Us Iraq Strategic Framework Agreement

» October 13, 2021 · · Uncategorized » no responses

Continued security gains and the growing capacity and confidence of the Iraqi government and iraqi security forces are the reasons why the United States and Iraqis have been able to negotiate these agreements. On November 17, 2008, Iraqi Foreign Minister Hoshiyar Zebari and U.S. Ambassador Ryan Crocker signed the agreement at an official ceremony. [32] The United States and the Iraqi government have negotiated two historic agreements: a Strategic Framework Agreement (SFA) covering all of our political, economic, and security relations with Iraq, and a security agreement – also known as the Status of Forces Agreement (SOFA) – that implements our security relationship. Both agreements protect U.S. interests in the Middle East, help the Iraqi people fend for themselves, and strengthen Iraqi sovereignty. President of the United States George W. Bush welcomed the adoption of the agreement between the two countries. “The security agreement deals with our presence, our activities and our withdrawal from Iraq,” Bush said. He continued that “this day seemed unlikely two years ago – but the success of the wave and the courage of the Iraqi people have set the conditions for these two agreements to be negotiated and approved by the Iraqi parliament.” [38] NOTE: This link takes you to a link that is no longer linked to the documents themself.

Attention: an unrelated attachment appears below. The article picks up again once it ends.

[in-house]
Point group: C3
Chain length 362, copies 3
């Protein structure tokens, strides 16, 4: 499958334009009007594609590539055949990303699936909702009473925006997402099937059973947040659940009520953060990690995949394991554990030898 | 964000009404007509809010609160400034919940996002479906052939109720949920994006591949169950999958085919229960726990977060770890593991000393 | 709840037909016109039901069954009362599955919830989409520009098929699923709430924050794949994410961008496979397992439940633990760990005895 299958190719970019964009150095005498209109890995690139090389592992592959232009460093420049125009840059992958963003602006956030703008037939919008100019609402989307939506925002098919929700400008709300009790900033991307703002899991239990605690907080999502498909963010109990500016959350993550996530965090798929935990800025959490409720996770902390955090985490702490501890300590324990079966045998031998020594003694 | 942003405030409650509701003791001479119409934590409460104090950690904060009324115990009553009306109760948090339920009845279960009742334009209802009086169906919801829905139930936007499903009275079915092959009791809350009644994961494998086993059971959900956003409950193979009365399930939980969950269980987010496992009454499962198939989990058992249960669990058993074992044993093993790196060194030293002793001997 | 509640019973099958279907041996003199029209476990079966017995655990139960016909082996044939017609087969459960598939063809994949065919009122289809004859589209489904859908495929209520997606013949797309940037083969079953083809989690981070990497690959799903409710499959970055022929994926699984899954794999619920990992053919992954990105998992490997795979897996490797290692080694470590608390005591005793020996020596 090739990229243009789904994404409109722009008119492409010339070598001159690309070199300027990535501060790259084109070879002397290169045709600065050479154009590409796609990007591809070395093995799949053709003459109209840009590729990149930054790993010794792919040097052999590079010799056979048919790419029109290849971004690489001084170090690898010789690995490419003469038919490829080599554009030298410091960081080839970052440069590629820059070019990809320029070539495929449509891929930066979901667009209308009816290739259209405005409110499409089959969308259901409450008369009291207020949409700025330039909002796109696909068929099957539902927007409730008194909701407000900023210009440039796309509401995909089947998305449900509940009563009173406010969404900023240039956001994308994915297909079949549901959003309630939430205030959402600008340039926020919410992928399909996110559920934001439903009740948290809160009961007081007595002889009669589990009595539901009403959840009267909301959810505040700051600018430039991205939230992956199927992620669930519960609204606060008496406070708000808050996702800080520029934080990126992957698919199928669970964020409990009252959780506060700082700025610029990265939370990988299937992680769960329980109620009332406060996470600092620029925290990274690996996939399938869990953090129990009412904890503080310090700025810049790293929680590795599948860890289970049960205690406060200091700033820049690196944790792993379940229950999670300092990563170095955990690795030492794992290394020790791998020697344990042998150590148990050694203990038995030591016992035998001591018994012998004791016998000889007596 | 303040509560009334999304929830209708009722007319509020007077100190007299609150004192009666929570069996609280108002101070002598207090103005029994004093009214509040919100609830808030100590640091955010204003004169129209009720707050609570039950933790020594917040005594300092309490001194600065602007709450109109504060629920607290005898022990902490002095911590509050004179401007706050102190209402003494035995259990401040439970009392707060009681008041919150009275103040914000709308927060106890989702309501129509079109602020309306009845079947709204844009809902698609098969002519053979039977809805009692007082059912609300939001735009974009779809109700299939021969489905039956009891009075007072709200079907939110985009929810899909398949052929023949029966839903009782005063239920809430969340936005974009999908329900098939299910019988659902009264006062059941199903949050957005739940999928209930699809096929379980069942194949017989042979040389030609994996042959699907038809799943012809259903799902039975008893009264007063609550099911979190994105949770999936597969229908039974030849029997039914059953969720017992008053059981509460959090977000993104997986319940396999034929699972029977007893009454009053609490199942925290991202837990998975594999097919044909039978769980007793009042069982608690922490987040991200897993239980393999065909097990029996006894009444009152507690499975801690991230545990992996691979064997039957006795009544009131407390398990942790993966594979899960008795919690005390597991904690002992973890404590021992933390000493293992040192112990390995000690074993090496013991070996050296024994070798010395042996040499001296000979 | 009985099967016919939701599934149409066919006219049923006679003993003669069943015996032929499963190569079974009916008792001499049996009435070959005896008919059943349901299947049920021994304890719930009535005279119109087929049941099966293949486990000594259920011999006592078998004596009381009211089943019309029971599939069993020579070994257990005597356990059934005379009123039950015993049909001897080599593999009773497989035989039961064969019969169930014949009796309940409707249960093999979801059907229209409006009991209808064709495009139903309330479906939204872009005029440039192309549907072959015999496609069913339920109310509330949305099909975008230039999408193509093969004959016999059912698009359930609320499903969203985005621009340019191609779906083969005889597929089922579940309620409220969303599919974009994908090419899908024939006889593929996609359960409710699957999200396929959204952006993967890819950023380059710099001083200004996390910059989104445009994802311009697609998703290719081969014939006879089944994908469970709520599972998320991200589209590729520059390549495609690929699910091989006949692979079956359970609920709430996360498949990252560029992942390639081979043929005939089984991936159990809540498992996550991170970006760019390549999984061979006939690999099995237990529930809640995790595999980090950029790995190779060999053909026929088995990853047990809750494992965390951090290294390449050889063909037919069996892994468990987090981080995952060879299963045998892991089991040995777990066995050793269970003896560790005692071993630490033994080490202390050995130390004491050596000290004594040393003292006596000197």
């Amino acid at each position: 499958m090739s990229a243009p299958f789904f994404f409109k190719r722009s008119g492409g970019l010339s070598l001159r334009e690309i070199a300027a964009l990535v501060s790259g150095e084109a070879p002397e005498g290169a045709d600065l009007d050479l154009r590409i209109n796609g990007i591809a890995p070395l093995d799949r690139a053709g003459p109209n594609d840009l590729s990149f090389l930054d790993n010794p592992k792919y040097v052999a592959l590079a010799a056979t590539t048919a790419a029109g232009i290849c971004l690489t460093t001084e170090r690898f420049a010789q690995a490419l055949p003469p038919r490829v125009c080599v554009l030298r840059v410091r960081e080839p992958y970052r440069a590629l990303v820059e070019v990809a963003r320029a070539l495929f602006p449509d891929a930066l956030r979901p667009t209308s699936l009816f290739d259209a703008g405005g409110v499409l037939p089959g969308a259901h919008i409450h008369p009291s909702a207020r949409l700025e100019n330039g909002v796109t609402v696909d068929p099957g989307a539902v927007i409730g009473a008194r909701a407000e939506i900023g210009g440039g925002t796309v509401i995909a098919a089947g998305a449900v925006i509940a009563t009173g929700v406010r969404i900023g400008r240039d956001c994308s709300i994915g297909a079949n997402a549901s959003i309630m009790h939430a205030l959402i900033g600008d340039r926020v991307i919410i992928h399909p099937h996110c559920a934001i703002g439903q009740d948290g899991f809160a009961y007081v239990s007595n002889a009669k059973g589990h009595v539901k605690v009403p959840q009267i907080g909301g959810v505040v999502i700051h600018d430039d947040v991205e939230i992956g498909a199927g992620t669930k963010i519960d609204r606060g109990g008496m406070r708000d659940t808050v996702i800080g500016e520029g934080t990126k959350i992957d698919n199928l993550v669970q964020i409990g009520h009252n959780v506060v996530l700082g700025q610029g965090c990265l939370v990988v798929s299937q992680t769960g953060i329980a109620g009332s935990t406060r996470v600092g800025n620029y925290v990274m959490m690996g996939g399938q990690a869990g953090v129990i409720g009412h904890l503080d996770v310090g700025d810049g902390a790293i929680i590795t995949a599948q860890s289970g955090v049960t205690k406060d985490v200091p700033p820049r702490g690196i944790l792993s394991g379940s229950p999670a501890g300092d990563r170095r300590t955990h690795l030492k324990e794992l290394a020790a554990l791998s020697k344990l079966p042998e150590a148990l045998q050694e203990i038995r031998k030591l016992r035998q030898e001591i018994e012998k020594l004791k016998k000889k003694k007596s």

In a letter to U.S. military personnel about new rules of engagement, General Ray Odierno said U.S. forces would reduce their visibility, but that this did not mean “reducing our fundamental ability to protect ourselves.” Odierno wrote that U.S. forces “will coordinate operations with the agreement of the Indian government (Iraqi government), and we will conduct all operations of, with and by Iraqi security forces. Despite some adjustments in the way we conduct operations, the agreement simply reinforces the transitions that are already underway and I want to stress that our general principles remain the same,” he wrote. [41] With respect to the Security Partnership, the two countries acknowledged that the United States will continue, in the coming months, to eliminate the threat of ISIS and discuss with the Iraqi government the status of the remaining forces, with both countries focusing on developing bilateral security relations based on strong mutual interests. The United States reaffirmed that it does not aim for or request permanent bases or a permanent military presence in Iraq, as agreed by the 2008 SAA, which provides for security cooperation on the basis of mutual agreement. The Government of Iraq is committed to protecting the military personnel of the International Coalition and the Iraqi facilities hosting them, in accordance with international law and the specific arrangements adopted by the two countries for their presence. “All strategic issues between our two countries will be on the agenda, including the future presence of U.S. forces in this country and how best to support an independent and sovereign Iraq,” U.S.

Secretary of State Mike Pompeo said at a news conference late Tuesday.

Comments currently closed!